Issue 30

Once A Prawn a Time in Omaha

Once A Prawn a Time in Omaha

Once a prawn a time, in a Whole Foods in Omaha, there was a delicious assortment of shrimp, waiting to be taken to a loving home. Each shrimp had his or her own story, told in great detail by the cheerful fishmonger. “This one was caught safely and with great care to the surrounding environment, brought in the day before yesterday,” she would say with a smile, holding it up by its translucent tail. A happy, hungry customer would pick up this little shrimp along with several of his cooler case friends, and the customer and her family ate happily ever after.

Stories like these don’t have to be the stuff of shrimp tails. But without a movement towards sustainable sourcing of seafood by consumers, fisheries, markets, and stores worldwide, the consequences will be devastating.

In the world’s oceans, the tiniest minnow is the key to a healthy ecosystem. There is a delicate balance in the food chain, one that can wipe out entire populations if upset.

And currently, our oceans are on the brink of disaster.

Sustainable seafood is defined by Ocean Wise as “species that are caught or farmed in a way that ensures the health and stability of that species, as well as the greater marine ecosystem.” Overfishing is a reality that is threatening more than just the availability of tuna sashimi. Over 90% of large predatory fish, vital for overall oceanic health, are gone from ocean waters. Nearly 158 million tons of seafood is reeled in every year, with the last 10% of tuna, sharks and swordfish being fished every day (

There is still hope to repair a bit of the damage overfishing has wrought on the oceans. Through education and informed choices, consumers can help impact the way the seafood industry manages its practices.

Even all the way in Nebraska.

Thanks to the Internet, people are empowered with an abundance of information technology in ways unheard of even ten years ago. Consumers have the power to research their food and find out where it was raised, how it was harvested, all the way to what it ate. It has never been more important to find out how our buying choices affect the environment, especially in terms of seafood.

“Oceans play a huge role in the overall health of the planet,” said Jonn Forslund, associate seafood coordinator for the Midwest Region of Whole Foods. “If we want to have wild caught seafood sources 20 years from now, we need to educate consumers on the importance of buying sustainable seafood. That’s why Whole Foods is committed to environmental stewardship. We want customers to understand where their food came from.”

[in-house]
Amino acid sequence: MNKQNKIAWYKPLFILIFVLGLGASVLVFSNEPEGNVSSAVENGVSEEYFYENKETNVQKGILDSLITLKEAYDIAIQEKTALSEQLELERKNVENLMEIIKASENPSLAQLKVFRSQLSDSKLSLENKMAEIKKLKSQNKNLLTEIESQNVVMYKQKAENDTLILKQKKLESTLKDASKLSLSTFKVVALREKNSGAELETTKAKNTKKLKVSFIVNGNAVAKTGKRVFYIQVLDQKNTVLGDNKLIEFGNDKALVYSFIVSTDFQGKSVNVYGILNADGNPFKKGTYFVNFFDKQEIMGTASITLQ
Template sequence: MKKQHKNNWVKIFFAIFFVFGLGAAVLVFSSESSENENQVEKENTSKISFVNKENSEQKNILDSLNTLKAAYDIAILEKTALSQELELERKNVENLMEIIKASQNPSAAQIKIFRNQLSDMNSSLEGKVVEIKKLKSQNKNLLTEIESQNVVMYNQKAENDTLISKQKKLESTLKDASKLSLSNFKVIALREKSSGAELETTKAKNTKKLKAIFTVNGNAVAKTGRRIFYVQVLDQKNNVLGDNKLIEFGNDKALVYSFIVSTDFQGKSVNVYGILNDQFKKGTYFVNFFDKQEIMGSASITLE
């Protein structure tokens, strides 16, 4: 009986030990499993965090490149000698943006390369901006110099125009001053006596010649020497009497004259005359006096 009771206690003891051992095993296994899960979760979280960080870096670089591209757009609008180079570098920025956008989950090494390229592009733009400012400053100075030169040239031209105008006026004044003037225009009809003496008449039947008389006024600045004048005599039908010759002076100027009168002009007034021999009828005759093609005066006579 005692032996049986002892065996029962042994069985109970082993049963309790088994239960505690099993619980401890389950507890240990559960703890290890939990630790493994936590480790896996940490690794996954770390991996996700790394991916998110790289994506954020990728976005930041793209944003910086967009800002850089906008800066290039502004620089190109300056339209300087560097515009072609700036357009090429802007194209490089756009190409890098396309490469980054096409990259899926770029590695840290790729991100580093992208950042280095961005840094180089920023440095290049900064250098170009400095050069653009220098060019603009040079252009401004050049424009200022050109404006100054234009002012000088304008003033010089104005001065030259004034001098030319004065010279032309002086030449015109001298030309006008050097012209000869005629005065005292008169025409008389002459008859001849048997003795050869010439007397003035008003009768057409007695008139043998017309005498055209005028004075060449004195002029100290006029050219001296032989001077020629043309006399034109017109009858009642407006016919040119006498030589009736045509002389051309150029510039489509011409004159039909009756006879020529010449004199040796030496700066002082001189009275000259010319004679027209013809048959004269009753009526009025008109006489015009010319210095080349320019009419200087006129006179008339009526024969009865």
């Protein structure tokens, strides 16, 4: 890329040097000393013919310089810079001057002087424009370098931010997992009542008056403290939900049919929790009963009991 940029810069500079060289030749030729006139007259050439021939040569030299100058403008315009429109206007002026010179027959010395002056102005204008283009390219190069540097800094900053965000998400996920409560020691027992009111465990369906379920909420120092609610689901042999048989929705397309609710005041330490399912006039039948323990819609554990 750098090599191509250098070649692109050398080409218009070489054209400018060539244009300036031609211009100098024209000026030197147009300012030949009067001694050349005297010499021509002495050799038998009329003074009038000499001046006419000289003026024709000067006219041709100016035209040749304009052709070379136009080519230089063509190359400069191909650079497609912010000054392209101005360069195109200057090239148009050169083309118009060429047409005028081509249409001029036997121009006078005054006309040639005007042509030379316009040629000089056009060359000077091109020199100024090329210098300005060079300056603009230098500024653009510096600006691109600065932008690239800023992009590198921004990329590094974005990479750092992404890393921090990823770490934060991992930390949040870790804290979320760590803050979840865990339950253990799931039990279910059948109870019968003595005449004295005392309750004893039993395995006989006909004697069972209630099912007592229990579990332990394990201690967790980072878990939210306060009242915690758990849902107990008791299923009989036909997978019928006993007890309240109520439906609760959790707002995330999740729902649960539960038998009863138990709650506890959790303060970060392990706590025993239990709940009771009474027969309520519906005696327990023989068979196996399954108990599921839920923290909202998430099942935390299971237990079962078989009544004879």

Whole Foods makes buying sustainable seafood easy with a rating system designed by their partner, the Monterey Bay Aquarium. Used with wild-caught seafood, this system uses a four-color rating system to show customers sustainability information.  Seafood with a blue label means it is certified sustainable by the Marine Stewardship Council (MSC). A green label means the seafood was sourced from “well-managed fisheries; caught in ways that cause little harm to habitats or other wildlife” (  A yellow label signifies product that are from fisheries where there are questions about how it is managed. There is also a red label warning, but you won’t find these products in Whole Foods. A red label product is deemed overfished, or caught in ways that damage the surrounding environment. “Our signage tells a great story about the product,” said Forslund. “Even our lowest rated items are going to be highly rated overall in the industry.”

Another resource for seafood hungry consumers in Omaha is at Absolutely Fresh, seafood store and supplier to a number of stores and businesses, including their own Shucks Fish House and Oyster Bar. In 1979, Absolutely Fresh was run from a refrigerated truck on the corner of 70th & Dodge. A reputation for “absolutely fresh” seafood, and friendly, knowledgeable staff propelled their growth into hundreds of stores, catering operations and restaurants in town. If anyone knows sustainable seafood, it’s the staff at Absolutely Fresh.